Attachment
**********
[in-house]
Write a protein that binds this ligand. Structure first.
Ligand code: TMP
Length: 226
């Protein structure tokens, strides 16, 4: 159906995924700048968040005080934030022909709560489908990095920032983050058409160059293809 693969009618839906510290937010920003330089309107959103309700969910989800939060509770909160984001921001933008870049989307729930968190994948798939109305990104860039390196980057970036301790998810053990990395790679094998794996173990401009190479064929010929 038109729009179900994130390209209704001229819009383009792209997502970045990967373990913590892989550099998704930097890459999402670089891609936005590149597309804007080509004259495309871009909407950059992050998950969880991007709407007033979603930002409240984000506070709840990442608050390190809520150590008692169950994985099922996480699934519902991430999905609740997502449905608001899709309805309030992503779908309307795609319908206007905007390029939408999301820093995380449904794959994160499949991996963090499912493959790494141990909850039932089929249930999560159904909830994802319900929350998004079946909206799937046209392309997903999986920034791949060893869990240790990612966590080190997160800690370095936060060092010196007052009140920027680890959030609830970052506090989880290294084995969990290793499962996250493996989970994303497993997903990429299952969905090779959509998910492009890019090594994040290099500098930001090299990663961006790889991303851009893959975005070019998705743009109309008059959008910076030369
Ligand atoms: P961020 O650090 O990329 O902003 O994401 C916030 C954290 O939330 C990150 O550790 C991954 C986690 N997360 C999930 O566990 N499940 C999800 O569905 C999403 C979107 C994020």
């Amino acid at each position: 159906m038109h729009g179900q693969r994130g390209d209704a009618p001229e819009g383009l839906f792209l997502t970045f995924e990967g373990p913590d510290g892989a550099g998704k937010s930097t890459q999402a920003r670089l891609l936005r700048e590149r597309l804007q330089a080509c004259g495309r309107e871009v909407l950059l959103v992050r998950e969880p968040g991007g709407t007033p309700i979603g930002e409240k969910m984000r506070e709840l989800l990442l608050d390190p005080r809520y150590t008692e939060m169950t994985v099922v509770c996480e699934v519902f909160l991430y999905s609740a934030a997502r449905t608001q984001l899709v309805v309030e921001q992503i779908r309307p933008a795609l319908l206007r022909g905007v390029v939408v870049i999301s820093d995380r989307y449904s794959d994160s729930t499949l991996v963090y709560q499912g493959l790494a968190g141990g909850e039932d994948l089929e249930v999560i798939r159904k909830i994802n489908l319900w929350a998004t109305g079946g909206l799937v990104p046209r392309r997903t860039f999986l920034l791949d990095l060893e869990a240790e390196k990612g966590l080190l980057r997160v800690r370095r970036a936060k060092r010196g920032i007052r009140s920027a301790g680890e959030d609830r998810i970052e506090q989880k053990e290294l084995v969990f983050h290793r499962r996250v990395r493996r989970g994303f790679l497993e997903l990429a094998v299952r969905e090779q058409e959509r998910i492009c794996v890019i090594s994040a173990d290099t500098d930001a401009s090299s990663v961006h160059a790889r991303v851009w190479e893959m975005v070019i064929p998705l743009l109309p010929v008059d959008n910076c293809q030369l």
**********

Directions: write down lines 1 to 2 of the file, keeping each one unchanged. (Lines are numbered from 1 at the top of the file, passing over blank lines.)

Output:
[in-house]
Write a protein that binds this ligand. Structure first.